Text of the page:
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PinK - People in the Know - Gloucestershire PSHE & Safeguarding Curriculum

The PINK Curriculum has been written by the Healthy Living and Learning team of Lead Teachers to meet the needs of all children and young people in Gloucestershire in primary, secondary and FE settings; it is a ‘work in progress’, which will be updated and revised frequently.  Its aim is to support the development of the necessary skills and knowledge that our children need to lead a happy, safe, healthy life.

The PINK curriculum is free to all schools and settings in Gloucestershire. In addition to the curriculum we have developed an online planning tool, which will enable you to map and plan your Safeguarding/PSHE Curriculum for the next academic year. This in turn will feed back electronically into your GHLL review of provision; when completed this will enable you to download a report evidencing how your pupils’ safeguarding needs are met through the curriculum.

Both the mapped curriculum and the planning tool have been devised with flexibility in mind, so as to meet the needs of a huge college or a tiny infant school and everything in-between. We have researched through all freely available resources and cited the ones that we think are most useful but of course, you may well find resources more suitable for your children, or wish to write your own. The planning tool allows for this customisation. Where we couldn’t find anything that we would recommend, we have written our own ‘GHLL’ resources and these are all freely available to schools and settings in Gloucestershire at There are, however, also excellent commercially available resources which you may choose to use and incorporate into your planning. We have suggested which materials are best suited to each Key Stage but you should use your professional knowledge to choose material from the framework that is age/stage appropriate for your children.

Using the Pink Curriculum "Planning Tool"

The Royal Society for the Encouragement of Arts, Manufactures and Commerce)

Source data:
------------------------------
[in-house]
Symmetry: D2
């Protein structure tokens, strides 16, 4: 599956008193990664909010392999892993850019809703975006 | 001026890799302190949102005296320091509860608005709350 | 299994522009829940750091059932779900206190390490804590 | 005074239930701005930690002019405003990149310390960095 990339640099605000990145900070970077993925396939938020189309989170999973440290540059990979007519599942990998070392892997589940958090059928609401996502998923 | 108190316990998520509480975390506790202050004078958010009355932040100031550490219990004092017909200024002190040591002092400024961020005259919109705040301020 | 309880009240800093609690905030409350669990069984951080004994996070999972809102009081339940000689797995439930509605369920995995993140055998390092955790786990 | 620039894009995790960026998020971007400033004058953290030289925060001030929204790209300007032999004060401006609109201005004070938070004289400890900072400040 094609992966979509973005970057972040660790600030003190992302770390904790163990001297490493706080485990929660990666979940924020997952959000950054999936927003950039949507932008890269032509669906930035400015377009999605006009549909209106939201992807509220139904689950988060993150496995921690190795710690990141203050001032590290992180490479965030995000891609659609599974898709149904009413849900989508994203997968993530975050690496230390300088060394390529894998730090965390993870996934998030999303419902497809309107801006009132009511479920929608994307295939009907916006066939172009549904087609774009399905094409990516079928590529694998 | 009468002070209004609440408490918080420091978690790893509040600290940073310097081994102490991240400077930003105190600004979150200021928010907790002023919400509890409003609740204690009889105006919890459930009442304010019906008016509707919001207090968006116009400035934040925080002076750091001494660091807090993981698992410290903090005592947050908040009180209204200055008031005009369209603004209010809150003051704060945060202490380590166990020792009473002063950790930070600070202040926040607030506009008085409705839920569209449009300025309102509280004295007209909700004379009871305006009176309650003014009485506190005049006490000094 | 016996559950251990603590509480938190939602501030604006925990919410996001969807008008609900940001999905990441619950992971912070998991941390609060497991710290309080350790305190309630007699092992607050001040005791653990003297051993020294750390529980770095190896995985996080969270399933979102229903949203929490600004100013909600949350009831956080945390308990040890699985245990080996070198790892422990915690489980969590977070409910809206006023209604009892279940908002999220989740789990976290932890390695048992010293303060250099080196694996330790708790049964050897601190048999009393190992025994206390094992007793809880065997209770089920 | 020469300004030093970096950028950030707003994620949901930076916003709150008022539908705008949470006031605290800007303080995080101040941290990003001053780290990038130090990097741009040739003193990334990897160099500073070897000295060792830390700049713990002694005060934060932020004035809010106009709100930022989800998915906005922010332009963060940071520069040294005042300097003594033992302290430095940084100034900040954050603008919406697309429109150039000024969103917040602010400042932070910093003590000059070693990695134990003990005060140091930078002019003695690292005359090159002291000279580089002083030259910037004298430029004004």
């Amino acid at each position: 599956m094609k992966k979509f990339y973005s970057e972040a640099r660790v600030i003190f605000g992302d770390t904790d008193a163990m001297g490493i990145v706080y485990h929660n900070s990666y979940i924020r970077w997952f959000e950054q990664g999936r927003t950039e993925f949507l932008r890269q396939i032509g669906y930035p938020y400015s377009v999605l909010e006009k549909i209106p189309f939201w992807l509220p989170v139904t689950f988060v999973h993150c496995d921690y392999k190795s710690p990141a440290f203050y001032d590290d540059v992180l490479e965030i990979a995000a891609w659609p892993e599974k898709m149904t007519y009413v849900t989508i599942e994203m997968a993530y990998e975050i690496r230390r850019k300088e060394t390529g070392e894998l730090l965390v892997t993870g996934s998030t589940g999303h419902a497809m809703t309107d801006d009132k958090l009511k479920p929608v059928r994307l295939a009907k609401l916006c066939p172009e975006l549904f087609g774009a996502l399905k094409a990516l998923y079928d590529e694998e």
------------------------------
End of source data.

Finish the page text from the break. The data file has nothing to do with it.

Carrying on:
14/11/17 Anatomy of Learning A rounded education builds on knowledge to foster character and creativity. But what does that mean in practice? Neil Mercer and Lyn Dawes at the University of Cambridge have devised a technique called 'Talking Points' to ensure a well-rounded education is facilitated by what they call "exploratory talk". You give an audience a series of statements (crucially, statements rather than questions elicit a stronger response as you have a gut reaction to them). In pairs, people go down the list at their own pace and start discussing the ones that they are provoked to talk about.

10 talk points, some of which will hopefully spark a reaction:

  1. Judge a school not just by exams but by the beautiful work crafted by pupils and how interesting they are in a conversation.
  2. Empowering knowledge is more important than just knowledge of the powerful.
  3. Head, heart and hand must be in balance for a decent education.
  4. We must stop treating teachers like cogs in an exam wheel.
  5. Speaking should be given the same status as reading and writing.
  6. Headteachers should be the Head Teacher. And increasingly they’re not.
  7. There is no trade-off between knowledge and skills; we need powerful learners who develop both.
  8. Creativity in all its forms should be right at the heart of a school.
  9. Contrary to received wisdom you can teach character; you just have to be clever about it.
  10. If you want to develop school culture, make a drama teacher your first appointment.


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